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Center on Alcohol Marketing and Youth

Alcohol Advertising and Promotion

Excerpts from The Surgeon General's Call to Action To Prevent and Reduce Underage Drinking

All text in this fact sheet is excerpted directly from The Surgeon General's Call to Action To Prevent and Reduce Underage Drinking, a 2007 report from the Office of the Surgeon General (emphases added).

The alcohol industry has a public responsibility relating to the marketing of its product, since its use is illegal for more than 80 million underage Americans. That responsibility can be fulfilled through products and advertising design and placement that meet these criteria (Surgeon General's Call to Action, page 43):

Because of their reach and potential impact, the entertainment and media industries have a responsibility to the public in the way they choose to depict alcohol use, especially by those under the age of 21, in motion pictures, television programming, music, and video games. That responsibility can be fulfilled by creating and distributing entertainment that (Call to Action, page 44):

Given the prevalence of underage drinking on college campuses, institutions of higher education should examine their policies and practices on alcohol use by their students and the extent to which they may directly or indirectly encourage, support, or facilitate underage alcohol use. Colleges and universities can change a campus culture that contributes to underage alcohol use. Some measures to consider are to (Call to Action, page 40-41):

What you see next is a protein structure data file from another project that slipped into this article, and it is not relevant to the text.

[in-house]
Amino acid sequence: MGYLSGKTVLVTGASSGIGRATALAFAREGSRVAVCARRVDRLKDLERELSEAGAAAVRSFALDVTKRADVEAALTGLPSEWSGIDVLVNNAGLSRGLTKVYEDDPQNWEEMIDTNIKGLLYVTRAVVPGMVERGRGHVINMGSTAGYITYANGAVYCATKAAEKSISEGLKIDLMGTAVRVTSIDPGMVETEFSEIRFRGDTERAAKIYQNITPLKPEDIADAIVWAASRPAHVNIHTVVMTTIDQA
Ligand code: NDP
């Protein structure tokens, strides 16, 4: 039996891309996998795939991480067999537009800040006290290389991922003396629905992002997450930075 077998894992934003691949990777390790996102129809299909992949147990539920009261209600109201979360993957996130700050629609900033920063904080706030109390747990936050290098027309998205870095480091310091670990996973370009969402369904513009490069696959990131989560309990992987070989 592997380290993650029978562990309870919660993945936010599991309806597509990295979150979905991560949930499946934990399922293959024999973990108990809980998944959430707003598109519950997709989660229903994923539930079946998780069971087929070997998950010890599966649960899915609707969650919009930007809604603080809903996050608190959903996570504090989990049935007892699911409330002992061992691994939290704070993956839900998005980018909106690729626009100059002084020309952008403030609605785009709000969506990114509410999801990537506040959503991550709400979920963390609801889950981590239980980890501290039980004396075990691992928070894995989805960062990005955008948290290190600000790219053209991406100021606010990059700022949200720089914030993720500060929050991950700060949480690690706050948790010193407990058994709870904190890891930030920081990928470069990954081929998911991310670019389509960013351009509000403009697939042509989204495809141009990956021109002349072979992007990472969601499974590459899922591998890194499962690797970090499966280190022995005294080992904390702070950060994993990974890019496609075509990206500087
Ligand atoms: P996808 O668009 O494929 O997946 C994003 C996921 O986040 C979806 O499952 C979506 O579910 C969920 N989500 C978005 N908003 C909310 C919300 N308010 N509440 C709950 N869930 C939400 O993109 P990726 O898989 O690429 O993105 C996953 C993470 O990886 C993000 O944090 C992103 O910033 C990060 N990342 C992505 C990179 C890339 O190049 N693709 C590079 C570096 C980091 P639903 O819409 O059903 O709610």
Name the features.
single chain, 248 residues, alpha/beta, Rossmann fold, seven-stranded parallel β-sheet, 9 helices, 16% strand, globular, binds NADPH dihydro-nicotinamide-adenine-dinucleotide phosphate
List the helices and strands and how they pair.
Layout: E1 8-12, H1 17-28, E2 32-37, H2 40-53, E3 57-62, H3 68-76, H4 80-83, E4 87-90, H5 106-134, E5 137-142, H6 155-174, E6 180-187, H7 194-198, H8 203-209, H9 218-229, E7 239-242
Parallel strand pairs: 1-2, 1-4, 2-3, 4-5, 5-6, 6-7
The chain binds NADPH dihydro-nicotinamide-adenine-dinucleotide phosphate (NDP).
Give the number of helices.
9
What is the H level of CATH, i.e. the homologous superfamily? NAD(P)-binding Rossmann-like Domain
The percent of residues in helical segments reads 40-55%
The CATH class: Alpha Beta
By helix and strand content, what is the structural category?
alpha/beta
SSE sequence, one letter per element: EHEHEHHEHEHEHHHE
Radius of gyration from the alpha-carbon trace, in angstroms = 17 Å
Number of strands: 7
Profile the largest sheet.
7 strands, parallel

A number of strategies can contribute to a culture that discourages adults from providing alcohol to minors and that supports an adolescent's decision not to drink. Communities can (Call to Action, page 42):

State, Tribal, and local public health agencies; policymakers; and the general public need complete and timely information on patterns and trends in youth alcohol consumption in order to develop and evaluate prevention strategies (Call to Action, page 68).


Notes

  1. The U.S. Federal Trade Commission currently is conducting a study of alcohol advertising and marketing, including the effectiveness of industry efforts to prevent undue exposure of youth to messages about alcohol.
  2. M. E. Dunn, M.E. and R. M. Yniguez, "Experimental demonstration of the influence of alcohol advertising on the activation of alcohol expectancies in memory among fourth-and fifth-grade children," Experimental and Clinical Psychopharmacology 7 (1999):473-483; A. D. Kulick and H. Rosenberg, "Influence of positive and negative film portrayals of drinking on older adolescents' alcohol outcome expectancies," Journal of Applied Social Psychology 31 (2001):1492; J. D. Sargent, T. A. Wills, M. Stoolmiller, et al, "Alcohol use in motion pictures and its relation with early-onset teen drinking," Journal of Studies on Alcohol 67 (2006):54-65.